Respect Equality

Michigan judge apologizes for threatening cancer patient with jail time over overgrown weeds

Story at a glance

  • A court hearing captured on Zoom last week appears to show Krot berating 72-year-old Burhan Chowdhury due to a ticket he received for the unkempt weeds.
  • “I apologize to the person who appeared before me and to our entire community for having failed to meet the high standards that we expect of our judicial officers, and that I expect of myself,” Krot said.
  • Krot previously threatened him with jail time over the overgrown vegetation.

A Michigan judge has apologized and submitted her conduct for review after a widely circulated video of her reprimanding and threatening jail time to an elderly cancer patient for overgrown weeds drew widespread condemnation.  

“I made a mistake,” Judge Alexis Krot said in a statement shared with the Detroit Free Press. “I acted intemperately. I’m very embarrassed that I did so.”  

“I apologize to the person who appeared before me and to our entire community for having failed to meet the high standards that we expect of our judicial officers, and that I expect of myself.”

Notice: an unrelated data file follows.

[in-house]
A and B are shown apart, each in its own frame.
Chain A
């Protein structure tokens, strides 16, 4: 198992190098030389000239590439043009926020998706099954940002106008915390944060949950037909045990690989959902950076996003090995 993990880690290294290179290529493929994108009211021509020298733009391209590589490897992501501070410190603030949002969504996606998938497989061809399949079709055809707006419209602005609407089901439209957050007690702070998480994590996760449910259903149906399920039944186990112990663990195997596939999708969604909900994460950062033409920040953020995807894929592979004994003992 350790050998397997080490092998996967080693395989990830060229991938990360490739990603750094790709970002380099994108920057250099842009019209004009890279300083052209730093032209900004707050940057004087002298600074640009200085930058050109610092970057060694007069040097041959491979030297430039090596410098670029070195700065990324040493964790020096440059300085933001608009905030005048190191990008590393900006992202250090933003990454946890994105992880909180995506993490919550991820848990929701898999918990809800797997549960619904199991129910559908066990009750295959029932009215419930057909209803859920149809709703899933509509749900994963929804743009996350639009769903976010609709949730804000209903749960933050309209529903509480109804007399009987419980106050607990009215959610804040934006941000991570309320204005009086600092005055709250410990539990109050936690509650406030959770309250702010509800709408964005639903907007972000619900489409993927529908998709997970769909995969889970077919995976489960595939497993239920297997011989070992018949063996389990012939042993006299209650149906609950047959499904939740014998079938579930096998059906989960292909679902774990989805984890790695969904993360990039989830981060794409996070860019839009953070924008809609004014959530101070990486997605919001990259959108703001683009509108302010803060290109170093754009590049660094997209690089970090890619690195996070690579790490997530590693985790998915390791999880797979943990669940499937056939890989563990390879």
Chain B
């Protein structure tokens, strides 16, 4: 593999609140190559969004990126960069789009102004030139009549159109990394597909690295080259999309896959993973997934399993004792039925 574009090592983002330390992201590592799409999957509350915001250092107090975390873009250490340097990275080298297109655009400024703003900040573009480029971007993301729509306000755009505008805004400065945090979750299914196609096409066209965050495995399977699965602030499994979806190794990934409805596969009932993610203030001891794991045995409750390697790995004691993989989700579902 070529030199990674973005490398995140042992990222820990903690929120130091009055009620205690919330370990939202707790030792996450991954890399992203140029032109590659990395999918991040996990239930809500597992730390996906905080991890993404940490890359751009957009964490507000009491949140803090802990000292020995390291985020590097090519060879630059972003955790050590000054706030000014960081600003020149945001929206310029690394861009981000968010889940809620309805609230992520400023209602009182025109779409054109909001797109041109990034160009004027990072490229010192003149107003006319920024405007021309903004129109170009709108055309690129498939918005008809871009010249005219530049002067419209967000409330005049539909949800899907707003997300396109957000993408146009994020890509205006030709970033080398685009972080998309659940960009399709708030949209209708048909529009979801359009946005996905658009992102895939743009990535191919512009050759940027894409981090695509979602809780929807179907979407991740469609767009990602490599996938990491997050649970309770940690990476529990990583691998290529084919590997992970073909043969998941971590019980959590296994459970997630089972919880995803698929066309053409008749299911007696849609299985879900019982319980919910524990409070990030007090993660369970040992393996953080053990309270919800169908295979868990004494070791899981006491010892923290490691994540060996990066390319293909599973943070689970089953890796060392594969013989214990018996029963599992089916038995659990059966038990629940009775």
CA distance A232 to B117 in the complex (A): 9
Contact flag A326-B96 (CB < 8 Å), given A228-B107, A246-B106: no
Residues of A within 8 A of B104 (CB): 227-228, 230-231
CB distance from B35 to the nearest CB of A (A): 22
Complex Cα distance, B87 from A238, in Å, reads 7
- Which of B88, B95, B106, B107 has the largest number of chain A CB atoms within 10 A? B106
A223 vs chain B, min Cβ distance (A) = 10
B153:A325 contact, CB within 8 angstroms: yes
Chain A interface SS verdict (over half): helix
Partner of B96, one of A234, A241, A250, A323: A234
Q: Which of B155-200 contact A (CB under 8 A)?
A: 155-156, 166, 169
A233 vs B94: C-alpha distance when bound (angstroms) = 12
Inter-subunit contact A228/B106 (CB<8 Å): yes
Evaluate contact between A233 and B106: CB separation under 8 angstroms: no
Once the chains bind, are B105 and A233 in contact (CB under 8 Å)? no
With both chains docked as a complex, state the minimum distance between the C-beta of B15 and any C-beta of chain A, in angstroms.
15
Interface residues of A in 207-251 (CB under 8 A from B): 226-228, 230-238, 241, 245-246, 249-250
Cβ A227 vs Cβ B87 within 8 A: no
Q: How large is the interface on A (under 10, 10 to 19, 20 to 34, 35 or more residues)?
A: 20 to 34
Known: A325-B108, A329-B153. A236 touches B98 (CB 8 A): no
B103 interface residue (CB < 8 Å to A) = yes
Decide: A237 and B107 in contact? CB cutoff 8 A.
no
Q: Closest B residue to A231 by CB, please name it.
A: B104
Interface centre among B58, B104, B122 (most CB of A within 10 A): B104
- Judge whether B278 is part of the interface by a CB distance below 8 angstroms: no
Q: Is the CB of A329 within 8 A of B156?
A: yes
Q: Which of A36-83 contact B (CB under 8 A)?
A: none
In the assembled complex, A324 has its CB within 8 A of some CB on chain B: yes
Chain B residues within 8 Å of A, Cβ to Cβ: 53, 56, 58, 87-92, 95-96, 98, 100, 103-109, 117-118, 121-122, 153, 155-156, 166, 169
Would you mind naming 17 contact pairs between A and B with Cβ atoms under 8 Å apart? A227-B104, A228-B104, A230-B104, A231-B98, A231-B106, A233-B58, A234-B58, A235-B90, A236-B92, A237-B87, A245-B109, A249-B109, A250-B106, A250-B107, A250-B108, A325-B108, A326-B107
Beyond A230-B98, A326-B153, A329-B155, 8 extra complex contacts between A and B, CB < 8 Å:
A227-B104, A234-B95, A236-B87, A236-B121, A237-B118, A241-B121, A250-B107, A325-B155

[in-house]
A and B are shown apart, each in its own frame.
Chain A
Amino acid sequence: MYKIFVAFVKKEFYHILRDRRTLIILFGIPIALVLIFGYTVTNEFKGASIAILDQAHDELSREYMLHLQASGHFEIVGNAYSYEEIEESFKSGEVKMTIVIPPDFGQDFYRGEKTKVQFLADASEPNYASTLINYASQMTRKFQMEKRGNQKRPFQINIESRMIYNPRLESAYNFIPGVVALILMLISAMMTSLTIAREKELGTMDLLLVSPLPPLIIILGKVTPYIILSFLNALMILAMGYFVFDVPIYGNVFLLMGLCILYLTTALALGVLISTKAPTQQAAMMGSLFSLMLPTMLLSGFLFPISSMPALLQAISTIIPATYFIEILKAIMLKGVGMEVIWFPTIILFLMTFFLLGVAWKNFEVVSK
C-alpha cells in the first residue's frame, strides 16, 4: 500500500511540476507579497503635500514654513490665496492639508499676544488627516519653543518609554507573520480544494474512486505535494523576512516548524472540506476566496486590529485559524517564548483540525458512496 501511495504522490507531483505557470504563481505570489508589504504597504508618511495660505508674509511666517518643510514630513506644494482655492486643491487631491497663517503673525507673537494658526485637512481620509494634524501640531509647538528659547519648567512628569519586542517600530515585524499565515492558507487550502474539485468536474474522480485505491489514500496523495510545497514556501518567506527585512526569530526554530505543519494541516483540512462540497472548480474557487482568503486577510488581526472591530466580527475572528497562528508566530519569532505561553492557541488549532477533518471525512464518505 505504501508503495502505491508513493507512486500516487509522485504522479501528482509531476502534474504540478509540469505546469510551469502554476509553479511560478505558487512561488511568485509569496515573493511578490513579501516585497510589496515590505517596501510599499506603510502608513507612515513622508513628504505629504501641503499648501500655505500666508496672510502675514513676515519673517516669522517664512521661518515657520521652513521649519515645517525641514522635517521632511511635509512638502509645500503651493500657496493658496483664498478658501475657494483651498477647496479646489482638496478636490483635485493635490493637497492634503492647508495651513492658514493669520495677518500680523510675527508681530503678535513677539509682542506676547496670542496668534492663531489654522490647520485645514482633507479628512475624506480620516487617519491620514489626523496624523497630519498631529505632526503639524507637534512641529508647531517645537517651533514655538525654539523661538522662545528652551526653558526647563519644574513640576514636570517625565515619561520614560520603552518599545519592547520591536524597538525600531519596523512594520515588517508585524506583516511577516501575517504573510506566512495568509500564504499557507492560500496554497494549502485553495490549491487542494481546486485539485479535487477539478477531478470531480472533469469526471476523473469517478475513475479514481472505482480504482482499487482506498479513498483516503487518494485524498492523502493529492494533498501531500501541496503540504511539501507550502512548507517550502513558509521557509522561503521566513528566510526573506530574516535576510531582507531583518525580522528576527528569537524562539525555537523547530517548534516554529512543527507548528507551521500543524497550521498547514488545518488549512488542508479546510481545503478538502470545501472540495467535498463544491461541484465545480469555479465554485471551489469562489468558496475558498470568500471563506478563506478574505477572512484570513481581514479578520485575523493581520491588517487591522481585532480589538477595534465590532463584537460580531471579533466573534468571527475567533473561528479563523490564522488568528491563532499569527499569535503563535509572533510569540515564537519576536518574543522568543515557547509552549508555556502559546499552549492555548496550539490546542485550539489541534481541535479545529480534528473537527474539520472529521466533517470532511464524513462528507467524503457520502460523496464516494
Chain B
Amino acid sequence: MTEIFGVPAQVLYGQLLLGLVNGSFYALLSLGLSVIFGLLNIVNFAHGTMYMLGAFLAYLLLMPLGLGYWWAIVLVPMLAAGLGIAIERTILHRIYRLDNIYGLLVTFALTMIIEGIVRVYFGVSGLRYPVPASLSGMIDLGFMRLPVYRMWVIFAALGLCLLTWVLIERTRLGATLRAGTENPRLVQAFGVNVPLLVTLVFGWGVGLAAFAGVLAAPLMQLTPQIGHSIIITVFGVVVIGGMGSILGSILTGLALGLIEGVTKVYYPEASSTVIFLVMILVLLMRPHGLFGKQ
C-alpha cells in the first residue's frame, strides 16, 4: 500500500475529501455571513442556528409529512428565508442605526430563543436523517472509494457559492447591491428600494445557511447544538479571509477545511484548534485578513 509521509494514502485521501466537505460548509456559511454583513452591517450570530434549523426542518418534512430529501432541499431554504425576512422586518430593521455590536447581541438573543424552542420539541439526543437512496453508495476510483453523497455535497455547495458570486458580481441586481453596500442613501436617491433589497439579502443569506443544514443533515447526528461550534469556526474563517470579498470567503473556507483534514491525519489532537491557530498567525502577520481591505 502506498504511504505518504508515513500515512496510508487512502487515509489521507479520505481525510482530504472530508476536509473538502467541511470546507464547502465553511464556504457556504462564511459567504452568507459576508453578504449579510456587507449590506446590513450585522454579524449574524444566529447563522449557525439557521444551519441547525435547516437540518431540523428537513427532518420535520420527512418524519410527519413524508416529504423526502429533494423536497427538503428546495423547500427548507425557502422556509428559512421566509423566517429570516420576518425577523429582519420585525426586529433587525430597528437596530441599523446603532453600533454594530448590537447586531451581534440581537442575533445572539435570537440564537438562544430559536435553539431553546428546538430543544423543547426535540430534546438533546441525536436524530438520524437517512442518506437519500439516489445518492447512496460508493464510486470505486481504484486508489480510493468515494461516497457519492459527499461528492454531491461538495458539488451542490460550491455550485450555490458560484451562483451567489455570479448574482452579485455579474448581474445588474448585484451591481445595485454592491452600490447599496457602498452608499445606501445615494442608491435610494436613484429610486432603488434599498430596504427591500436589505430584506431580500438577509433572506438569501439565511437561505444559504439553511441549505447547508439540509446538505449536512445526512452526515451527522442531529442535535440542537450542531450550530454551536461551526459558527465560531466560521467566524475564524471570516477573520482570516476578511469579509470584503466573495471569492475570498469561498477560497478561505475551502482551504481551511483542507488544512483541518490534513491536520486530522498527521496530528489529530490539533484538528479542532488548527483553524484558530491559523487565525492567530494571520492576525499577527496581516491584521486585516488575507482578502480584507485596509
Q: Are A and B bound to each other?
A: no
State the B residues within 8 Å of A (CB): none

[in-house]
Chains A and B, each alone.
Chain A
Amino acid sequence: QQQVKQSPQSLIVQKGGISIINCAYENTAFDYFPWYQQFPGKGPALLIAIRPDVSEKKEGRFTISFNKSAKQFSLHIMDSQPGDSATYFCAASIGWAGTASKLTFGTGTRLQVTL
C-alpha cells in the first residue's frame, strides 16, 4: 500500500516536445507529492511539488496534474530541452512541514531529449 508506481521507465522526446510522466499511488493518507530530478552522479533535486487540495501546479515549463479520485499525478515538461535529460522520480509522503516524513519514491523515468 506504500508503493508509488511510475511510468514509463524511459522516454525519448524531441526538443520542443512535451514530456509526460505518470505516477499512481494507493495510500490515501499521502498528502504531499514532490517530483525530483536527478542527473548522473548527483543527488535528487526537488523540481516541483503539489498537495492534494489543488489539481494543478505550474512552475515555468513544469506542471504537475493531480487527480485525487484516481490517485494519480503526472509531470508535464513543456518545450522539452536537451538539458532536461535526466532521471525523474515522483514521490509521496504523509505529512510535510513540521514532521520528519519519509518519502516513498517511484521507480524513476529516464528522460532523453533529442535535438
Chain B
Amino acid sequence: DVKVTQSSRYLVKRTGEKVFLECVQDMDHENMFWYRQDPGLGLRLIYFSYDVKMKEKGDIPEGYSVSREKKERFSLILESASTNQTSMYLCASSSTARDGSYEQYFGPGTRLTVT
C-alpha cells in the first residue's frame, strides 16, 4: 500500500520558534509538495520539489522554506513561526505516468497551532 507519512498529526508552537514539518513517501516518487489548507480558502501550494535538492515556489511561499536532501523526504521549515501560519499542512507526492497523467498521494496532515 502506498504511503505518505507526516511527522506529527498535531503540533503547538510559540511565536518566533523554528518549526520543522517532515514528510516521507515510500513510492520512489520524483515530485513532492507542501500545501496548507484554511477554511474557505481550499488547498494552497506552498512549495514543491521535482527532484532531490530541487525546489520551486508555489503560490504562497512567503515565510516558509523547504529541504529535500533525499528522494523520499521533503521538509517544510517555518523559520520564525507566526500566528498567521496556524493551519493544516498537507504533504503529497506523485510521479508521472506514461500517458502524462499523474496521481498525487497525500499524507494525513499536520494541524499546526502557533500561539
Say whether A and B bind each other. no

A court hearing captured on Zoom last week appears to show Krot berating 72-year-old Burhan Chowdhury due to a ticket he received for the unkempt weeds on his property in August.  

“You should be ashamed of yourself,” Krot told Chowdhury during the hearing. “If I could give you jail time on this, I would,” she said before threatening him with jail a second time later in the hearing. 

Chowdhury, who seemed to have difficulty breathing, explained to Krot that he was “very weak” and struggled to keep up with the overgrown vegetation.  

“Did you see that photo? That is shameful, shameful. The neighbors should not have to look at that,” Krot continued, commenting on the photo of the overgrowth. 

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A Change.org petition to remove Krot from the bench has surpassed 232,000 signatures as of Friday morning.  

Krot said that she self-reported her action to the judicial tenure commission, which probes judicial conduct. 

“I had no legal duty to report myself to the commission,” Krot continued in her apology. “But I did so because, like apologizing to the community, it was the right thing to do. I will continue to hold myself to the standards I set for others.” 


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